So the Over the Edge PPV begins with a fairly nondescript tag match of Kane and X-Pac vs. D-Lo Brown and Mark Henry. Smell the workrate. It was followed by a hardcore match between Al Snow and Bob Holly. That wasn't a bad match, but certainly not a good one either. The third match on the card was scheduled to be the Godfather vs. The Blue Blazer. Here is where that PPV becomes indelibly etched into my psyche.
They went to a video package, highlighting the fact that everyone was in on the Blue Blazer joke, that everyone knew it was Owen Hart. Even the announcers. It was a fairly quick package, Pimp against Superhero looking for justice and morality, more or less. That is when shit got weird.
The camera panned back to a wide angle of the audience, while Jim Ross was struggling to collect his thoughts, it seemed, and he kicked the feed back to the dressing room for a pre taped Blue Blazer interview. But not before he stammered out "We have big problems out here."
The promo that followed was classic Owen, declaring that his "arch nemesis" The Godfather made his "blue blood boil." Owen finished his Blazer interview with his Hogan rip off credo: "Say your prayers, take your vitamins, and drink your milk. WHOOO!"
It was sadly the last words we would ever hear from Owen James Hart.
Now I don't have to tell anyone what happened next. We all know. Moreover, I would be hard pressed to even attempt to match the namesake of this site to write a definitive, tell all story on Owen Hart. So that is not happening. I was shocked at the moment when Ross said there was an accident with Owen, but, wrestling being wrestling at that point, I honestly didn't know WHAT THE FUCK to think. I stayed up for a couple of more matches, all the while recording it on my VCR (I mean....the fuck I did...I did no such thing. That's illegal. Would never do that. Ever.) I conked out for the night, and missed Ross' announcement later in the night. What alerted me to the severity of the whole thing was my mother calling me the next day. Honestly, I thought the accident was real, but every fiber of my being wanted to believe it was a bad Russo stunt. So when my mom called me that morning and said "Did you hear about that wrestler who died last night?", the gravity of all of it hit me. And hard. I immediately turned on CNN, and was shocked to see a wrestler being the lead item on a news network. Owen Hart. Dead. At 34. Unreal.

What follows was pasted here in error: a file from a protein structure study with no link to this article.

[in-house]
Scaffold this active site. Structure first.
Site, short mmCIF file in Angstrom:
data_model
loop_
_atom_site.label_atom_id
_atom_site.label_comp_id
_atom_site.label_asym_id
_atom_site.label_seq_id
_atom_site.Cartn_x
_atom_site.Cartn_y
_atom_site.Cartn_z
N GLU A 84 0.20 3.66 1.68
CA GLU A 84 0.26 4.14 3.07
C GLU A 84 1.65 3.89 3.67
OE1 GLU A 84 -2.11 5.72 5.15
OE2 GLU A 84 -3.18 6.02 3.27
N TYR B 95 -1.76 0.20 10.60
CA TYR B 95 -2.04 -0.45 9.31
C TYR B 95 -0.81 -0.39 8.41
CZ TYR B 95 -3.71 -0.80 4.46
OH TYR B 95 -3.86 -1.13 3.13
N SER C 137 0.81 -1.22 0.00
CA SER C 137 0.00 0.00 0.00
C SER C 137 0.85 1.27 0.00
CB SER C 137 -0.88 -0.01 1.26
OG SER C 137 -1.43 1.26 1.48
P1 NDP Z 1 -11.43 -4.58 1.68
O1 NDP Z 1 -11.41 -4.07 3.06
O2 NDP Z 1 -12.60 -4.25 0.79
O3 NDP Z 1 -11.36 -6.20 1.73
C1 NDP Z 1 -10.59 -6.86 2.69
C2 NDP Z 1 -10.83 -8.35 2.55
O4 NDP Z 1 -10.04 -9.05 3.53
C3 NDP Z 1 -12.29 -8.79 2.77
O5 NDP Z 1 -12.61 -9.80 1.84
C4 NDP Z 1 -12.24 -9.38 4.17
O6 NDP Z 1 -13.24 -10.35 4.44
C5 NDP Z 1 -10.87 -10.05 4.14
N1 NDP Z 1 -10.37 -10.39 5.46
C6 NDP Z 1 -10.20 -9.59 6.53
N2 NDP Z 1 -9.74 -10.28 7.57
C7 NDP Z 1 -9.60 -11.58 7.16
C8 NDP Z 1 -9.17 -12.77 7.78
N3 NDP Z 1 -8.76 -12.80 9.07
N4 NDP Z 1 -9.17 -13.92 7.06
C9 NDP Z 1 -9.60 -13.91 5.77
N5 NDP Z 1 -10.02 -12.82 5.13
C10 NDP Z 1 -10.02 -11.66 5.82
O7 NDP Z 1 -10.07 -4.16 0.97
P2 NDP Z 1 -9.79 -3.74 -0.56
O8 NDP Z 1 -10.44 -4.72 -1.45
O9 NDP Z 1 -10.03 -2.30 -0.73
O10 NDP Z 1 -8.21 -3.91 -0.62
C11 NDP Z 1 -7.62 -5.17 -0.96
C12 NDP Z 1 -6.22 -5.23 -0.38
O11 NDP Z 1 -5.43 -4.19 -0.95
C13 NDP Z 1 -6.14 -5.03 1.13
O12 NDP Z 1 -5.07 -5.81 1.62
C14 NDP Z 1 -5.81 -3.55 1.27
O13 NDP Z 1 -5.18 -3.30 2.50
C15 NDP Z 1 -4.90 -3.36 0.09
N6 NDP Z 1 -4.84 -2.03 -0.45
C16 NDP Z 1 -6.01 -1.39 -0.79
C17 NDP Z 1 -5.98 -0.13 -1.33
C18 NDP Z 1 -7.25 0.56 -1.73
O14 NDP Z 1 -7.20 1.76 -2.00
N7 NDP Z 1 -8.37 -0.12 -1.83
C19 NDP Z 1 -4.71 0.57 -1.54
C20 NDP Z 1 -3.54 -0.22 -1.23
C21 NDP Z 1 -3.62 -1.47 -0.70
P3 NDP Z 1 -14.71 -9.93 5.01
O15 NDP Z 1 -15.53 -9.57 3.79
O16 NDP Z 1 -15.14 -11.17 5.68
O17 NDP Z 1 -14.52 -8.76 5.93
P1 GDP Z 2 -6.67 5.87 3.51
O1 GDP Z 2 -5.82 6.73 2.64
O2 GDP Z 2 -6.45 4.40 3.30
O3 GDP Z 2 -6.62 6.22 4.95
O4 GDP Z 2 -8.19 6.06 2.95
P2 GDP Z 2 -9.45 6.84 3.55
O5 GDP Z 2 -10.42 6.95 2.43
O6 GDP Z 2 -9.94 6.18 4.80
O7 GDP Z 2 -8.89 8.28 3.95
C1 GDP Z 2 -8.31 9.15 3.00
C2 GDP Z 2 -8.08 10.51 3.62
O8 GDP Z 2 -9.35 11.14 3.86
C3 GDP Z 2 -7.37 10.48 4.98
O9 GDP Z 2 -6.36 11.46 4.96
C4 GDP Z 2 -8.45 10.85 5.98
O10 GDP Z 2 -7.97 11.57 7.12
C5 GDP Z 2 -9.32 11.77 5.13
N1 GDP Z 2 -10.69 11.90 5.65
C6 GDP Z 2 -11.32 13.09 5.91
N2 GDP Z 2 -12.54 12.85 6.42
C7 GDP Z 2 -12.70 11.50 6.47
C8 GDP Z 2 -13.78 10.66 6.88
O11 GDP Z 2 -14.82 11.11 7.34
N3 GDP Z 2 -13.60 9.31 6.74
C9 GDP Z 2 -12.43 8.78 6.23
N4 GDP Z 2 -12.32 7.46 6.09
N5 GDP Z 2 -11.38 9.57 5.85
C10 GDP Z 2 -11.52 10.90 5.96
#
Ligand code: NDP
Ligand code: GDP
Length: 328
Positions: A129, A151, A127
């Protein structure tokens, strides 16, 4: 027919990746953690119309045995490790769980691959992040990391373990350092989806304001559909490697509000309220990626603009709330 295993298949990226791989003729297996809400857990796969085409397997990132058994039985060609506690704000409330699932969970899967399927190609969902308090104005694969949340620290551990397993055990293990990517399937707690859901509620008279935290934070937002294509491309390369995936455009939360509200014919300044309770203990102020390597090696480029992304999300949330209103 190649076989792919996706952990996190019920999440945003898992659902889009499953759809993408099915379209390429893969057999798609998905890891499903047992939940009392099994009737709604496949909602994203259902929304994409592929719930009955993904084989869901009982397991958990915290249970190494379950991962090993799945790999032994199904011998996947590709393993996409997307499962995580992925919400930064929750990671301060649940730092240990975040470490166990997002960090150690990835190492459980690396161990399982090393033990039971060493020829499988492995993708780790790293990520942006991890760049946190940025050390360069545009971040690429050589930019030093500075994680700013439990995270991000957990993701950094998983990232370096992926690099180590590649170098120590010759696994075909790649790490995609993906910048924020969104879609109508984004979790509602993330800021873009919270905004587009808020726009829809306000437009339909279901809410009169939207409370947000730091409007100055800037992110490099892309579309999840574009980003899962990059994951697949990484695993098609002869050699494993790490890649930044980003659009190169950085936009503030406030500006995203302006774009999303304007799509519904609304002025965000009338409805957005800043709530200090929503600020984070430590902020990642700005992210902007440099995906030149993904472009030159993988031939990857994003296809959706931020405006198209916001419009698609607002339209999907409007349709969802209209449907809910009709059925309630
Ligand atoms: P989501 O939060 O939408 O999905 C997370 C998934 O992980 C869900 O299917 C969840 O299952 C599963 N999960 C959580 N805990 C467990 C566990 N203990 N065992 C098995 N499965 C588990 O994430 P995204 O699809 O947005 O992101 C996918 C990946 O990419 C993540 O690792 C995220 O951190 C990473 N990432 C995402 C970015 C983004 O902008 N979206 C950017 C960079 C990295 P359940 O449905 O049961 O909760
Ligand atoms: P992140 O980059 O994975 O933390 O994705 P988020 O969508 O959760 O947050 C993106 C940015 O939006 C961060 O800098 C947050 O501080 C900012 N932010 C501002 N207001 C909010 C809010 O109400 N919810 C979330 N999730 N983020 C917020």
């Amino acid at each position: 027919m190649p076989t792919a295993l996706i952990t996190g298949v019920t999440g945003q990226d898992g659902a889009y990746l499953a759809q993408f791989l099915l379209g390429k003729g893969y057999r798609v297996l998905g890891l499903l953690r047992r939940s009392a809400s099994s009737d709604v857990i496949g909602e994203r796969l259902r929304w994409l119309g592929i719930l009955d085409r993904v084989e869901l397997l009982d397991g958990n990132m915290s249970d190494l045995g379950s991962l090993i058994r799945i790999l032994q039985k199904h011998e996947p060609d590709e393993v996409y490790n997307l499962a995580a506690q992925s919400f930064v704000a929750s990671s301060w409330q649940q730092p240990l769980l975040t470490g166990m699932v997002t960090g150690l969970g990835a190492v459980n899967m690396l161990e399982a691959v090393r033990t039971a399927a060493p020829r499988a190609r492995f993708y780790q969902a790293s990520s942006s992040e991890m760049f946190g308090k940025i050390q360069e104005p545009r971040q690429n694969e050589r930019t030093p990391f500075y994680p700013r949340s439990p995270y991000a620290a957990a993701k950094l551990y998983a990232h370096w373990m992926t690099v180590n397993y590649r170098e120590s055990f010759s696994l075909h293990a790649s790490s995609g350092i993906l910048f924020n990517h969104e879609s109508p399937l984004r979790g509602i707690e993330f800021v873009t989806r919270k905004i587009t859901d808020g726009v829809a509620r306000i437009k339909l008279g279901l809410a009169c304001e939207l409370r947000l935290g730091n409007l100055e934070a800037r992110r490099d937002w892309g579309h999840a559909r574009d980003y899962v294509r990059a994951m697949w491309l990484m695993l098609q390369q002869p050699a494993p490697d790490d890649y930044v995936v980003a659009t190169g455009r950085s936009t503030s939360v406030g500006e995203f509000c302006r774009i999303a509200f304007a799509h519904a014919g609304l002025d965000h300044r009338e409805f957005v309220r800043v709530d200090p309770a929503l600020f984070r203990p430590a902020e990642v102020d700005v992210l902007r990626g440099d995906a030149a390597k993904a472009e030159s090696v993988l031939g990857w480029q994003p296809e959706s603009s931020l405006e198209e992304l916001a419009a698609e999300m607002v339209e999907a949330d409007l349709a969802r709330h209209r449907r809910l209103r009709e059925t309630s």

Enough of my personal recollections of that horrific night. To the book. "Broken Harts" is Martha Hart's attempt into discussing the man that she loved and adored, her attempt to convey just how great a man was lost on that sad May day in 1999. The book's full title "Broken Harts: The Life and Death of Owen Hart," is actually misleading. There is some talk on his life, very little on his career. The book is more about Owen and Martha's almost Thoreau or Emerson Walden type existence together. But, it is less about the life of Owen Hart, and more about the death of Owen and the seedy aftermath of those events in Kansas City, MO.
Martha Patterson and Owen Hart met in high school, as Owen's wrestling team happened to be practicing a few rooms over from Martha's gymnastic squad. It was truly a case of love at first sight, Romeo and Juliet embodied in the flesh as opposed to characters leaping off the page. They began their storybook romance in relative squalor. Owen was the youngest of the Hart children, and, as I am sure many here are aware of, especially if you have read my review on Bret's book, that existence was far from idyllic. Martha grew up in similar circumstances. Her mother had 11 children by two husbands, Martha towards the bottom of the age totem pole. Both families had dysfunctional home lives, both taking in vagrants, the disillusioned, the poor, the destitute, the transient. The Hart family did it with wrestlers, the Patterson family with vagabonds. Martha and Owen were young members of their respective families who yearned for a more simple, structured, normal life. To that end, they began dating, and found absolute true love that neither of their families could understand. Owen never really wanted to be a wrestler, but once he fell head over heels for young Martha, he realized he needed a profession where he could provide a comfortable living for his soon to be bride and soon to be budding family.